COVID-19 Latest: Austin-Travis County Residents Can Apply For $2,000 In Relief Funds Starting Monday
This post has local news on the coronavirus pandemic from Tuesday, Sept. 8. If you have a news tip or question, email us at news@KUT.org.
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Travis County sees 86 new cases and four more deaths
Austin Public Health reported 86 new cases of COVID-19 in Travis County on Tuesday, up from 69 reported on Monday. The seven-day average of daily new cases is 80. Four more deaths were reported, bringing the county’s death total to 399.
There are now 122 people reported to be hospitalized with the virus in the five-county region (Travis, Williamson, Hays, Bastrop and Caldwell), five fewer than yesterday. Despite that net decrease, APH reported 14 new COVID-19 hospital admissions on Tuesday. The seven-day average of new admissions is 18.4, down from 19.
The area is in stage 3 of APH’s risk-based guidelines. At this level, people are encouraged to avoid social gatherings and any gatherings of more than 10 people.
Austin and Travis County residents can apply for relief funds starting Monday
The City of Austin is offering a second round of financial assistance to people in the city and county. The money is part of the Relief in a State of Emergency, or RISE, funds.
The city awarded $15 million in the first round of funding to 20 agencies in May and June. This time around, $10 million will be distributed directly to people in the area. They’ll be selected through a randomized process, and chosen applicants will receive $2,000 per household. There are a few eligibility requirements, including being at or below 200% of the federal poverty line.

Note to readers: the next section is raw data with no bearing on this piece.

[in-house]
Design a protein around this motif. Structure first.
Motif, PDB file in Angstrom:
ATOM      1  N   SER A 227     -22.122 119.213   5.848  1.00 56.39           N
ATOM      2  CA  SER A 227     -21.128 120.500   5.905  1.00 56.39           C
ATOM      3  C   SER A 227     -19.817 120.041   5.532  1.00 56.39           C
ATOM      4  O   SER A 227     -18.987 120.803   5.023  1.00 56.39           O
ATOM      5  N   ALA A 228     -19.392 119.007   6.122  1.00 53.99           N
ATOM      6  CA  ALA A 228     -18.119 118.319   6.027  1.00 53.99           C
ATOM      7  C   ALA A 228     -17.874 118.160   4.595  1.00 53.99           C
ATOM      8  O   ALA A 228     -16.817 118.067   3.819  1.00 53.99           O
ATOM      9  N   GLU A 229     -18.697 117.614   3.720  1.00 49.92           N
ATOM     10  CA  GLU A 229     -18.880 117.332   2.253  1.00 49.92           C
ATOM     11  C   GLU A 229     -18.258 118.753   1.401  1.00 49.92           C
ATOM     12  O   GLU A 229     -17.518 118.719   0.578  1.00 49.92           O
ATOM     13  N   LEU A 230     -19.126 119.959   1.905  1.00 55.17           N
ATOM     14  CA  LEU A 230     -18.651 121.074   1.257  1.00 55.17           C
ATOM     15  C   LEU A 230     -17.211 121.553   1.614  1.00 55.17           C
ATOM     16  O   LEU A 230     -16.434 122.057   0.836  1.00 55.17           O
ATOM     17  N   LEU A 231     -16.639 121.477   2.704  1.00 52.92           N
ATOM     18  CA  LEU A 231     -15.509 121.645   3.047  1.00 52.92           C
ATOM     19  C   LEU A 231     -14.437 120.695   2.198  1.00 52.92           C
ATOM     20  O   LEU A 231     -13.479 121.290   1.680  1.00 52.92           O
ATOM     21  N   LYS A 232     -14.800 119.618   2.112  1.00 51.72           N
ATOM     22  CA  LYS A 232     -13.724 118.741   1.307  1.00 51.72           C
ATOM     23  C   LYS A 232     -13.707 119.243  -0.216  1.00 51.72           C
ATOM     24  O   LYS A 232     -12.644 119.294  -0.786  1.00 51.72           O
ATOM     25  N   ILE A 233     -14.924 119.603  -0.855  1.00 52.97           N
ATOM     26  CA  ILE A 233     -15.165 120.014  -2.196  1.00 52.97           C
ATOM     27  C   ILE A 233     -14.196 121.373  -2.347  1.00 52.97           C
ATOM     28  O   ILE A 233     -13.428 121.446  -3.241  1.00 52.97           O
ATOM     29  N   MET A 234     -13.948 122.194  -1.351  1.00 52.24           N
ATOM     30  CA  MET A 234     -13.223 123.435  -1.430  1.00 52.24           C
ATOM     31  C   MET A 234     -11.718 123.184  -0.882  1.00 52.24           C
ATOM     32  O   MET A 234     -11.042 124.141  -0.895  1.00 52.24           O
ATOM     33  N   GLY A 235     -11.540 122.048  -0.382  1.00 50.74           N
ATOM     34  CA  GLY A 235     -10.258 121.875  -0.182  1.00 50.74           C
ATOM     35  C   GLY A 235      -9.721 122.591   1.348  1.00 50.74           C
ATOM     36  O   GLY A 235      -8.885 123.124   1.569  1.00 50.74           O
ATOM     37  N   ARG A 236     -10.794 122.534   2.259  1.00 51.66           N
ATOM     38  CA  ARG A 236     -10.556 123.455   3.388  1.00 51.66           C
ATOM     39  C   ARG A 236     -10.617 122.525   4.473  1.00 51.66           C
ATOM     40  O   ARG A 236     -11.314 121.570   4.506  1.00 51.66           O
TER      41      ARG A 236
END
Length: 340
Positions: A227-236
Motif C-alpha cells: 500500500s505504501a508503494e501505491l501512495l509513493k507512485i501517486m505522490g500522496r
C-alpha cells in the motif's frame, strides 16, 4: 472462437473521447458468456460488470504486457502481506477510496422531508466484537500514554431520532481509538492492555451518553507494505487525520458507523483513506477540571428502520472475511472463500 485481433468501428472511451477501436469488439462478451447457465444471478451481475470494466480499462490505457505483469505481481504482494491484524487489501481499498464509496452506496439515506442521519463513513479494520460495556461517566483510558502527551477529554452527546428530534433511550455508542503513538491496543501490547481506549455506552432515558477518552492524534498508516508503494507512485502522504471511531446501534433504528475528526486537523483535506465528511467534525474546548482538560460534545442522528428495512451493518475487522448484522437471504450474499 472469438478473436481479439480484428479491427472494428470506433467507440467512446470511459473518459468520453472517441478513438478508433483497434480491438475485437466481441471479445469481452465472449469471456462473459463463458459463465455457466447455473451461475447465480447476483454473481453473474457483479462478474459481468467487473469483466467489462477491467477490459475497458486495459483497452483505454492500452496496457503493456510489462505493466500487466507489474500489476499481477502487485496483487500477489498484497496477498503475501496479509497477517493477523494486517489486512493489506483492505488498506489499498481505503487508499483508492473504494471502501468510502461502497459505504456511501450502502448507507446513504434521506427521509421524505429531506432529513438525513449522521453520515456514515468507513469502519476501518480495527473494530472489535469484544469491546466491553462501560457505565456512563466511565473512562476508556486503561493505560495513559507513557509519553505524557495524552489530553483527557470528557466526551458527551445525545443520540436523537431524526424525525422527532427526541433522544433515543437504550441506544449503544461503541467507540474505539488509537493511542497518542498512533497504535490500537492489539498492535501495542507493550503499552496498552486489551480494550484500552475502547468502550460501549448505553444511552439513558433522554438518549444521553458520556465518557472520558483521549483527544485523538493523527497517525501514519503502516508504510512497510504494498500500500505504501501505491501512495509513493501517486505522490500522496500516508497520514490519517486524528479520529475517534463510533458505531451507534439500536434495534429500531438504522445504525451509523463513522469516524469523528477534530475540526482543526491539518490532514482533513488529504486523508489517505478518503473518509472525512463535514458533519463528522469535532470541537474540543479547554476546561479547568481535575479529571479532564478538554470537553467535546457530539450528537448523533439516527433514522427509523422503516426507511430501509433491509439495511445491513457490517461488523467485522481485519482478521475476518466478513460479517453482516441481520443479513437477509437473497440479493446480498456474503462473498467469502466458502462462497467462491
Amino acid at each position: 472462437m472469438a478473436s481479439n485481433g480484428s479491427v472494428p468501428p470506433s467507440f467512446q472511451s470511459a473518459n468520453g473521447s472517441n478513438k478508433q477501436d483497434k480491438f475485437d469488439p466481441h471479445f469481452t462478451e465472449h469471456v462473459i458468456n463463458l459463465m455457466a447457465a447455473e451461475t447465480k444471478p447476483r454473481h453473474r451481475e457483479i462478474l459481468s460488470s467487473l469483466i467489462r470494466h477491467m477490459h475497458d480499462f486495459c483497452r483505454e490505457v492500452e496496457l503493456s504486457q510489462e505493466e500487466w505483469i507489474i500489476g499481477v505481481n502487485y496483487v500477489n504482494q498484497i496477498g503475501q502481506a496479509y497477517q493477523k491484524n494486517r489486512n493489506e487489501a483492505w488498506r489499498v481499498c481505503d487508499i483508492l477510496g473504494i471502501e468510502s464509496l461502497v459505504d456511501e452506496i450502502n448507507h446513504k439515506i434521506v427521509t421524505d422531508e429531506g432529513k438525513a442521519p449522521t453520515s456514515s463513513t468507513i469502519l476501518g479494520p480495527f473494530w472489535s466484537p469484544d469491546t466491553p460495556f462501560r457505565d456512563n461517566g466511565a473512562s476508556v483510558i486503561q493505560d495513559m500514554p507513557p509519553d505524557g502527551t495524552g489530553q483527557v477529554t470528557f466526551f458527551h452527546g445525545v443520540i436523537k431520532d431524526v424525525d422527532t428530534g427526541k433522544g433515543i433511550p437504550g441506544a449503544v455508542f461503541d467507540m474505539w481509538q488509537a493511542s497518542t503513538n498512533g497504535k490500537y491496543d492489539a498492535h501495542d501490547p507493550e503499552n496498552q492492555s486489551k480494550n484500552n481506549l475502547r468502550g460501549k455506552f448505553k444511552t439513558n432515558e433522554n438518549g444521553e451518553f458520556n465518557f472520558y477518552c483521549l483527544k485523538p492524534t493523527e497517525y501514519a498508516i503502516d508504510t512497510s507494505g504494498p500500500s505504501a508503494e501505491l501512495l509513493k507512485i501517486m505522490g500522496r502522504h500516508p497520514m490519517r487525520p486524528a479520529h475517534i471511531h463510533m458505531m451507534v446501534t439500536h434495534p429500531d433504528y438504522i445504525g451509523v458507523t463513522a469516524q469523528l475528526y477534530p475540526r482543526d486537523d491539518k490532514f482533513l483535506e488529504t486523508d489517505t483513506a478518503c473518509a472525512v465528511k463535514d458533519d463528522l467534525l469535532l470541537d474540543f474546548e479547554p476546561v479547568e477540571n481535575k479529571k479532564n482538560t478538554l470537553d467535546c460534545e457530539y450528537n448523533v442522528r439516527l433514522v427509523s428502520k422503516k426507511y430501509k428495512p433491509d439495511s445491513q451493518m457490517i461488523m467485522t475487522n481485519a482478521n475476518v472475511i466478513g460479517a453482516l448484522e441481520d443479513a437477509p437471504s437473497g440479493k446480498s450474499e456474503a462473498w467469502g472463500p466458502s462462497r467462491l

The application window begins on Monday and will be available in English and Spanish. A hotline where people can find out more about the assistance will be open today through Friday from 7 a.m. to 7 p.m. The number is 512-714-6950.
More information can be found here.
Curative, Inc. to bring Pflugerville jobs and COVID-19 testing
Curative, Inc. is planning to open a lab facility in Pflugerville focused on producing and providing COVID-19 tests for the area. The company already has facilities in Washington, D.C., and Los Angeles, and it will expand to the city at no cost to residents or the local government.
The company will also use the new facility as a way to roll out its first set of mobile testing kiosks around Texas. These kiosks are walk-up sites offering self-administered, oral fluid swab tests. The locations of the distribution around the state haven’t been announced but are expected later this week.
Amy Madison, executive director of the Pflugerville Community Development Corporation, said the corporation is hopeful for the company’s contribution of testing and jobs. The company announced it plans to hire more than 300 employees locally.
“The fact that [kiosk testing] is touchless, painless, it's quick, and the results can be done within 24 to 48 hours later, really does enhance our opportunities to stop COVID-19 in its tracks,” Madison said.